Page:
Recently I posted about issues I was having with Google and search ranking for our website. I was glad to discover this posting in my RSS aggregator this morning: Google is Broken. The posting points out how bad google’s relevance has become when returning search results. Indeed, Yahoo, MSN and Ask are all returning results with much greater relevance than Google is. Part of the problem is that Google is compromising their results in an attempt to combat spam. However, there are a number of side notes here. To begin with, Google’s techniques for determining spam don’t always make sense in terms of web development and design. For instance, Google particularly looks for hidden text or cloaking techniques used on pages. However, sites developed with a strong inclination toward using CSS (Cascading Style Sheets) to keep moving with current web standards are often scored down because they have to make use of these techniques if they want to make the site usable for all visitors. For instance, many of the sites that I create have a paragraph of text hidden by CSS compliant browsers, just to notify users of non-css-compliant browsers that the layout or design may be suffering as a result of their browser. I also hide certain things like <hr/> tags to help separate the layout for text based browsers (I’m a frequent user of lynx/elinks, and like to prettify things accordingly). Hidden text in the form of comments in the HTML is also useful for debugging purposes, or just as notes to other techie people who may want to understand something about how you’ve done something on your site. I’m a great believer in sharing, so to discover that Google treats this sort of behaviour as something negative really gets my back up.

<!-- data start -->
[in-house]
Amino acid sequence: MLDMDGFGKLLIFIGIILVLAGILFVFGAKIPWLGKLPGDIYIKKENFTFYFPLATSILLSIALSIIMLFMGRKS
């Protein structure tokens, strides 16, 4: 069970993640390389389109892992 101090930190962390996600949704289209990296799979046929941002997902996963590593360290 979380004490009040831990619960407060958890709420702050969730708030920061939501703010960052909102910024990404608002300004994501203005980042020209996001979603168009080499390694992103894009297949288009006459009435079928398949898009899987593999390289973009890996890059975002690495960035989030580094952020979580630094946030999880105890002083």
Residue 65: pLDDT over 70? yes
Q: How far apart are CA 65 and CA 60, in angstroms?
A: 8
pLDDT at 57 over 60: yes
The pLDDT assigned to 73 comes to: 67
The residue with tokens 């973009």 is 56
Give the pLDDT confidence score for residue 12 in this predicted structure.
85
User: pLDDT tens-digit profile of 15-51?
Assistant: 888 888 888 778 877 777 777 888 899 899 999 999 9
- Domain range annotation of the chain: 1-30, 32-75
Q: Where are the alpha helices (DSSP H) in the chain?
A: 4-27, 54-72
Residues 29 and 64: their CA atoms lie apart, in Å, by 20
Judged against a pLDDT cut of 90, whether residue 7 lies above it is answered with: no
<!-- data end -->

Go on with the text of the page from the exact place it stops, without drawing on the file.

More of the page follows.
Another intriguing approach by Google is to score down sites that make use of cross-linking techniques to improve their web traffic. This is a lot closer to what one might consider a spam technique. However, Google loses its credibility on this argument on the grounds that it sells its own marketing tool in the form of Adsense. Basically, Google is saying: its okay if you spam websites through us, but we’ll score you down if you use anybody else. Or if you choose to simply swap links because you think that sharing links is cool. As a result, your own marketing techniques are hampered because Google decides how you are allowed to market your site. Its frustrating to think that the design of a search engine is impacting how developers and marketeers are able to work. If Google had never placed so much emphasis on cross-linking in its approach to search relevance, the problem would never have come into existence.

All in all, I must admit that I’m disappointed with Google lately. Many of the results I get are not relevant to my queries and certainly since I started this blog it seems that there is nothing I can do to get this site indexed. Yahoo, happily complied months ago. Much against my tech-instinct, I’ve finally succumbed and changed my default search engine in Firefox to Yahoo. I hope one day Google slows down on all of its side projects and gets back to what it once did really well.

July 4, 2006 at 11:55 am 1 comment